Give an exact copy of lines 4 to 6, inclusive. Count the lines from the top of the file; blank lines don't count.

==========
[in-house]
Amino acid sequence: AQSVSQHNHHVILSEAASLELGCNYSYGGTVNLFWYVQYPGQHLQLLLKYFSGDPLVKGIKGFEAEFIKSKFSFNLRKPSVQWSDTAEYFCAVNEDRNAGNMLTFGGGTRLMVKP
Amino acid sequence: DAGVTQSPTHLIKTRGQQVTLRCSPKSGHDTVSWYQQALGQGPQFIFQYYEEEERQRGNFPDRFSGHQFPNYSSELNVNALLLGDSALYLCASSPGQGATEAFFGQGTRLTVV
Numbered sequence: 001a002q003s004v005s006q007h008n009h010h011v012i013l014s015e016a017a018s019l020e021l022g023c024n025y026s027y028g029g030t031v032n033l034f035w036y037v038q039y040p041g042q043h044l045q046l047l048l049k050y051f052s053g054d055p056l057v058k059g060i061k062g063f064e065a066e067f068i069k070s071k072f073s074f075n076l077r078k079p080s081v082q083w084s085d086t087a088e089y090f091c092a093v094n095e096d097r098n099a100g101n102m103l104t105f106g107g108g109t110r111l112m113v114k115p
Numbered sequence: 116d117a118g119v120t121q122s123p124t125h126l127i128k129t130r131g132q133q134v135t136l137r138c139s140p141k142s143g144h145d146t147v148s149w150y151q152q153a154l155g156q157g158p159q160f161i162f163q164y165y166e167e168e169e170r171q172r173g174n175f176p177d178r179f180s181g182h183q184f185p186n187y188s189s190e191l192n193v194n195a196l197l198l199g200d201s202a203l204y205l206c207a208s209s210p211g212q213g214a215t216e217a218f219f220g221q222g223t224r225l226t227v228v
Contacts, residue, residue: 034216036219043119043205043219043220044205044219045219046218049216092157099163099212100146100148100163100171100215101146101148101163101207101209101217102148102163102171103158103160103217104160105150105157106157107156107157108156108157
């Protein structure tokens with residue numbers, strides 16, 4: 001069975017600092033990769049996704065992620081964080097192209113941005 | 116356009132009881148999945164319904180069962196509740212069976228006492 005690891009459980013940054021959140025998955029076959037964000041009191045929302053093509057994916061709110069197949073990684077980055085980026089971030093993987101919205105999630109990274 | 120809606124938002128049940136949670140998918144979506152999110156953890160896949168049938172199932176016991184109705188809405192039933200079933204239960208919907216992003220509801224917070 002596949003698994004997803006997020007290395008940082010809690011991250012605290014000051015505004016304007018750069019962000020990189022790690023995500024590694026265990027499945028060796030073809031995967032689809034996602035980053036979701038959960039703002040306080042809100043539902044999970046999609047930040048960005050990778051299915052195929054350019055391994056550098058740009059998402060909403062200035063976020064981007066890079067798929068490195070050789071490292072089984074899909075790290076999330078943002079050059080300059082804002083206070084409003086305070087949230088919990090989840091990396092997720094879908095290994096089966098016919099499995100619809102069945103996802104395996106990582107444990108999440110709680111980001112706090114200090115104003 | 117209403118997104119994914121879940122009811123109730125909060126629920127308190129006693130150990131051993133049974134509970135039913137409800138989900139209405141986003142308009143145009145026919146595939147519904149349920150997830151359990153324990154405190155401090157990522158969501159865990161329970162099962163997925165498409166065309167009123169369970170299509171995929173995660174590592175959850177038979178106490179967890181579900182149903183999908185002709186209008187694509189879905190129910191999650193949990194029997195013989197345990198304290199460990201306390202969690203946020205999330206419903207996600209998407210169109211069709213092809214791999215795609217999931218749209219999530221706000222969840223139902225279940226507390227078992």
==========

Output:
Numbered sequence: 001a002q003s004v005s006q007h008n009h010h011v012i013l014s015e016a017a018s019l020e021l022g023c024n025y026s027y028g029g030t031v032n033l034f035w036y037v038q039y040p041g042q043h044l045q046l047l048l049k050y051f052s053g054d055p056l057v058k059g060i061k062g063f064e065a066e067f068i069k070s071k072f073s074f075n076l077r078k079p080s081v082q083w084s085d086t087a088e089y090f091c092a093v094n095e096d097r098n099a100g101n102m103l104t105f106g107g108g109t110r111l112m113v114k115p
Numbered sequence: 116d117a118g119v120t121q122s123p124t125h126l127i128k129t130r131g132q133q134v135t136l137r138c139s140p141k142s143g144h145d146t147v148s149w150y151q152q153a154l155g156q157g158p159q160f161i162f163q164y165y166e167e168e169e170r171q172r173g174n175f176p177d178r179f180s181g182h183q184f185p186n187y188s189s190e191l192n193v194n195a196l197l198l199g200d201s202a203l204y205l206c207a208s209s210p211g212q213g214a215t216e217a218f219f220g221q222g223t224r225l226t227v228v
Contacts, residue, residue: 034216036219043119043205043219043220044205044219045219046218049216092157099163099212100146100148100163100171100215101146101148101163101207101209101217102148102163102171103158103160103217104160105150105157106157107156107157108156108157